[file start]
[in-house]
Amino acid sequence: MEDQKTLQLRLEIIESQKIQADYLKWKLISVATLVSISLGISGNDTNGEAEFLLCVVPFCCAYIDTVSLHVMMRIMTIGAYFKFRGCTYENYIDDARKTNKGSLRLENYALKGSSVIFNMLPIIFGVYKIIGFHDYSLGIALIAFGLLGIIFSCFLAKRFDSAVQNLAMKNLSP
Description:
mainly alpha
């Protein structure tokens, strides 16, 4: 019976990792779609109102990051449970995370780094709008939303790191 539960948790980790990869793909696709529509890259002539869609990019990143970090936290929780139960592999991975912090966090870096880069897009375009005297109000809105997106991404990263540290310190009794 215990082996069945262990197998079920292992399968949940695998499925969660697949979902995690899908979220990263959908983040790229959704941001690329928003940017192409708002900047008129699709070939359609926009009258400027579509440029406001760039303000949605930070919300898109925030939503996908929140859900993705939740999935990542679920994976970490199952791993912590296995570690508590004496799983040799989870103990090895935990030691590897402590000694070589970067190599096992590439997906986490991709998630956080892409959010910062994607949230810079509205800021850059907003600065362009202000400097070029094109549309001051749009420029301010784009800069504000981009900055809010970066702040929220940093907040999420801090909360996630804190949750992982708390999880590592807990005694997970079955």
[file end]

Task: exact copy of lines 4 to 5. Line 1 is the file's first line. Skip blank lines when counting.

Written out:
mainly alpha
């Protein structure tokens, strides 16, 4: 019976990792779609109102990051449970995370780094709008939303790191 539960948790980790990869793909696709529509890259002539869609990019990143970090936290929780139960592999991975912090966090870096880069897009375009005297109000809105997106991404990263540290310190009794 215990082996069945262990197998079920292992399968949940695998499925969660697949979902995690899908979220990263959908983040790229959704941001690329928003940017192409708002900047008129699709070939359609926009009258400027579509440029406001760039303000949605930070919300898109925030939503996908929140859900993705939740999935990542679920994976970490199952791993912590296995570690508590004496799983040799989870103990090895935990030691590897402590000694070589970067190599096992590439997906986490991709998630956080892409959010910062994607949230810079509205800021850059907003600065362009202000400097070029094109549309001051749009420029301010784009800069504000981009900055809010970066702040929220940093907040999420801090909360996630804190949750992982708390999880590592807990005694997970079955």